Essays in the Economics of Education and Health

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My professional interest as an economist resides in the measurement, analysis and refinement of policy. I am a pragmatist at heart -- most concerned with how best to achieve society's goals with limited resources -- but no policy exists in a vacuum, and so I cherish the contributions of economic theory in helping us to understand the complex ways that our policies fit into and shape existing institutions. My first essay, The Role of Fiscal Impacts in the Public School Response to Charter Competition,'' embodies my philosophy that policy research be rigorous and data driven while being shaped by economic thinking. Charter schools are a topic of great interest in education policy, and the effects of charter schools on their own students have been closely examined. By the nature of their limited capacity, however, the main role charter schools play in reforming education must be to shape the behavior of the public school system. My work aims to improve our understanding of the little-studied effects of charter competition on the reallocation of traditional public schools' resources. To the extent that existing work considers competition between charter schools and the traditional public school system, it implicitly assumes a uniform competitive pressure: losing more students to charter schools elicits a greater response from public schools. However, public schools are diverse institutions bound by tradition and history rather than the optimizing behavior that disciplines private firms in competitive markets -- and the state mechanisms that fund and regulate education are generally not rationalized to promote competition. In my first essay, I demonstrate that public schools' responses to charter competition display heterogeneity along a second dimension; districts that are more fiscally constrained by unavoidable costs are correspondingly muted in the degree to which they reallocate resources, even in the face of large losses of students. I make the case that in evaluating the effects of charter schools or school choice policies more generally, we must consider the degree to which public schools are willing and able to respond; a well-designed school education reform policy must provide both the means and the incentive to reform. In An Evaluation of the Mellon Mays Undergraduate Fellowship's Effect on PhD production at Non-UNCF institutions'', joint with Sarah J. Prenovitz, Ronald G. Ehrenberg and George H. Jakubson, I study the effects of a high-profile fellowship program for under-represented minority students on the educational attainment of its beneficiaries. Evaluating this program presents two major challenges: first, we do not observe PhDs in progress. Second, the program was not designed for evaluation, and never collected the kind of rich data on individuals now used in many administrative settings. By obtaining data on the completions of all PhDs over a period of several decades, we estimate distributions of time-to-degree and use those to build projections of the PhDs that will eventually be completed from each undergraduate class. We also use the staggered inclusion of participating institutions into the fellowship program to obtain a counterfactual estimate of the program's effect. In the end we find no causal effect of the program on the educational attainment of its participants; although the rates of PhD completion are high outside of a causal analysis, the program may be targeted towards those students who are already most likely to complete doctoral degrees. My final chapter, ``Selection and Chronic Disease Research: The Seatbelt--Diabetes Link,'' is a tongue-in-cheek cautionary tale about statistical technique conceived while I was studying the epidemiological literature for a course in health economics. While many epidemiologists are now adapting current econometric techniques to the study of disease, I found too many studies in high-profile journals ignoring the behavioral aspects of chronic disease -- leading to the use of data or statistical techniques inadequate to control for the problems of self-selection that social scientists all too often face. Using a repeated cross-section of data on health behaviors and mimicking multivariate models found in the epidemiology literature, I demonstrate a spurious 'causal link' between seatbelt non-use and several chronic diseases. I further show that varying degrees of self-reported seatbelt non-use are able to generate a dose-response gradient in the risk for those diseases, a type of relationship often taken as evidence in support of a causal link. Finally I use variation in the dates of passage of different states' seatbelt laws to demonstrate that the connection between seatbelt non-use and risk of a diabetes diagnosis became stronger after the passage of laws mandating seatbelt use. This presents an additional problem even for experienced statisticians -- unknown events may alter the patterns of self-selection, interfering with the course of an existing studied treatment. Lest the point be missed, I take ample care to document that seatbelt non-users are less healthy than seatbelt users in every dimension, from the amount of fruit and vegetables they eat to their likelihood of seeing a doctor for regular check-ups.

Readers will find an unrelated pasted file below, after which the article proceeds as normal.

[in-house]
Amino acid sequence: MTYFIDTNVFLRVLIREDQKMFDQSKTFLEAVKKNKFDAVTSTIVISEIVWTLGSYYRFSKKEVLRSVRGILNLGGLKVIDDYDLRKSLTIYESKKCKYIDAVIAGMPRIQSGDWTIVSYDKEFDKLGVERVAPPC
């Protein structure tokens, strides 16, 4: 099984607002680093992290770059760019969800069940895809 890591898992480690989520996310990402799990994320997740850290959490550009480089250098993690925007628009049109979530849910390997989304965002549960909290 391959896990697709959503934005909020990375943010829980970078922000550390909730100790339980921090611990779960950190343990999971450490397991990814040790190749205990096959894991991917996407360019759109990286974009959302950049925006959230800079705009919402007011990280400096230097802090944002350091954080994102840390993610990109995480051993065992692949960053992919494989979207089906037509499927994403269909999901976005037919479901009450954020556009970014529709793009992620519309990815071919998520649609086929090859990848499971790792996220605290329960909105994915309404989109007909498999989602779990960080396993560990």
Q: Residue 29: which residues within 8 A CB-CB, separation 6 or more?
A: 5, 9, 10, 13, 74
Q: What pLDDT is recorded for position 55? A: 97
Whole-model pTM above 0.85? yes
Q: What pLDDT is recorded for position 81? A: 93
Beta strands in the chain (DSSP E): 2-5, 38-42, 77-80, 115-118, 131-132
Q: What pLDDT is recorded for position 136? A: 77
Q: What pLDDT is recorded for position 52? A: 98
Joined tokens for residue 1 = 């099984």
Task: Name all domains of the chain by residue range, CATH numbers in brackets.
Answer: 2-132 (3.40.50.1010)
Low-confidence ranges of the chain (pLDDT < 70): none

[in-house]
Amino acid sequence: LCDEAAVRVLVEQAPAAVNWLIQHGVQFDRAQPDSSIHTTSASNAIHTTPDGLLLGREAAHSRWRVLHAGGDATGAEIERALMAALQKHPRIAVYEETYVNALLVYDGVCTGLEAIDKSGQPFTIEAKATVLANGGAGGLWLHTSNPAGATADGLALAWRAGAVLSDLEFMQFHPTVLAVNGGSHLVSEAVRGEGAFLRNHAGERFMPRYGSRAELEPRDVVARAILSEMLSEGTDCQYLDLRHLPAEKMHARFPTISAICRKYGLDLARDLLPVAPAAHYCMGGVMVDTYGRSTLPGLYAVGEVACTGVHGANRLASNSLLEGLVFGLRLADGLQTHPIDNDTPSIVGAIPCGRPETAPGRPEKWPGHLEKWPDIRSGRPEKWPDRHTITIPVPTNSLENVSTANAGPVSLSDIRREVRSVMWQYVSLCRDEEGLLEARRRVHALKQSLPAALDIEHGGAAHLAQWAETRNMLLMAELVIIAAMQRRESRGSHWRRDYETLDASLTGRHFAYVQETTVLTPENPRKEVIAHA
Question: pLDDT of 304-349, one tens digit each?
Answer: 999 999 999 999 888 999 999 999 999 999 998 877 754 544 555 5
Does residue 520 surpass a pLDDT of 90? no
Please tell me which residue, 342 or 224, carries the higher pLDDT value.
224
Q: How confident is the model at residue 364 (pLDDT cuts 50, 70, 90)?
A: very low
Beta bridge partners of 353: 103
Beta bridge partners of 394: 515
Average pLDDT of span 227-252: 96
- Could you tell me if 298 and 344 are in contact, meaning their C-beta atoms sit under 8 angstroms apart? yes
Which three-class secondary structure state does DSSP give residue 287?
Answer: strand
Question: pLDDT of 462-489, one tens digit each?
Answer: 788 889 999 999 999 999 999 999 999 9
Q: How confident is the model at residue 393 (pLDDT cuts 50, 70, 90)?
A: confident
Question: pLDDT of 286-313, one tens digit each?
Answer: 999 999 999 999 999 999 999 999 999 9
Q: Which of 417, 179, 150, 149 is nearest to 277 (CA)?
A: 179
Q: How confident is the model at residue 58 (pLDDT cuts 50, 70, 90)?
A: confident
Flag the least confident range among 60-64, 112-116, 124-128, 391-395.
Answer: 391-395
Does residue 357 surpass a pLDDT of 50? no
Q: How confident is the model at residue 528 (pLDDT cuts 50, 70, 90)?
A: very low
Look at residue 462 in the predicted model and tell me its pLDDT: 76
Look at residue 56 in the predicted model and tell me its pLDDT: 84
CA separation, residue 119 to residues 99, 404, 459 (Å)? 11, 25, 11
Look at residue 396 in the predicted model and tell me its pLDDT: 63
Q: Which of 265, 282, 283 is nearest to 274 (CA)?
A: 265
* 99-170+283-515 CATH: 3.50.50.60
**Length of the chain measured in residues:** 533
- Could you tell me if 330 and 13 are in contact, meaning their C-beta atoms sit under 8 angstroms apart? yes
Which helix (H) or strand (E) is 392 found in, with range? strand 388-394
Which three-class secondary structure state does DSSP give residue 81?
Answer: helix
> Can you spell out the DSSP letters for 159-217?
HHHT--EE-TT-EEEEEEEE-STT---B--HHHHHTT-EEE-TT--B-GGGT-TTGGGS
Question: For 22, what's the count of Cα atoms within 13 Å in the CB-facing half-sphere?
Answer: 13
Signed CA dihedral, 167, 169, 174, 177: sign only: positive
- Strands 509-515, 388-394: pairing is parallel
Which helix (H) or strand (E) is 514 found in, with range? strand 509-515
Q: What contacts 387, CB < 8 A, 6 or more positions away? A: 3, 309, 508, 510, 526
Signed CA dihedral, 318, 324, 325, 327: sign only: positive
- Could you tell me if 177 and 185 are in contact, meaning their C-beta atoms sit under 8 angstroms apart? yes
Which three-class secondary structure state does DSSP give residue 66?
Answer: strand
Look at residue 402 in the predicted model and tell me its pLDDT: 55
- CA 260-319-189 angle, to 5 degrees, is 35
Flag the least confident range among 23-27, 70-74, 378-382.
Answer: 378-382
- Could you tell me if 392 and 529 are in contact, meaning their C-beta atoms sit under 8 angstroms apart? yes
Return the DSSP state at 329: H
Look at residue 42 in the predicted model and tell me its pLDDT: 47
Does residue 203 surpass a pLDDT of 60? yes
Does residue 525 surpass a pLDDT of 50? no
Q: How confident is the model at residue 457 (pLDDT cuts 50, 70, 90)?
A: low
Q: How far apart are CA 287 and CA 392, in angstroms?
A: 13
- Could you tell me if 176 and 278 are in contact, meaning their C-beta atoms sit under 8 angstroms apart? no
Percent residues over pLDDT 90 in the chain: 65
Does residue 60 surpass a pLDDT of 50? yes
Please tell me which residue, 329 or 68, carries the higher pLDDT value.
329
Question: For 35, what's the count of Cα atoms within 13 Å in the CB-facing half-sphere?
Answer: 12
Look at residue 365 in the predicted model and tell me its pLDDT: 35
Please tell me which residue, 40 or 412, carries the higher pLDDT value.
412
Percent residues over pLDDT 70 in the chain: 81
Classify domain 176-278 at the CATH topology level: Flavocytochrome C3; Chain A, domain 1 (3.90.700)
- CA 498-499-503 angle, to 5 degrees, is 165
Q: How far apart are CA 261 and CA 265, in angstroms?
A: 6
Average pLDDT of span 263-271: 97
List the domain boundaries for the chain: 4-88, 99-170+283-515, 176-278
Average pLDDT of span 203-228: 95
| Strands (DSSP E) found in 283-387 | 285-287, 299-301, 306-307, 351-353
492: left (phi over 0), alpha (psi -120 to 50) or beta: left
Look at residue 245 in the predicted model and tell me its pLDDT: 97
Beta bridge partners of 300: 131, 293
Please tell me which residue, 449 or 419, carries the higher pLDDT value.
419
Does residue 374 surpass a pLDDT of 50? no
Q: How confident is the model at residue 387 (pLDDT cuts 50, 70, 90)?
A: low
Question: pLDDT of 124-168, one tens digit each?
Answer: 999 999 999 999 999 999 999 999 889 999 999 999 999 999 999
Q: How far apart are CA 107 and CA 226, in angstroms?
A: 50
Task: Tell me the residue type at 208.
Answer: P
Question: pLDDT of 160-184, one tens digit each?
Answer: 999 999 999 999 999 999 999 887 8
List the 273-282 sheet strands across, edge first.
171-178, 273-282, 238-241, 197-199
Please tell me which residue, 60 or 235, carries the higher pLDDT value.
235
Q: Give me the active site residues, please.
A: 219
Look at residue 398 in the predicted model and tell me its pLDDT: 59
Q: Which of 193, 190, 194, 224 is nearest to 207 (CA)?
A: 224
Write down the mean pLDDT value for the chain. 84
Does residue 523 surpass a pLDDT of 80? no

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Education; Economics; Economics of Education; Economics of Health; Health; Higher Education; Education policy


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Ehrenberg, Ronald G

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Jakubson, George H
Mansfield, Richard K

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Ph. D., Economics

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Doctor of Philosophy

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dissertation or thesis

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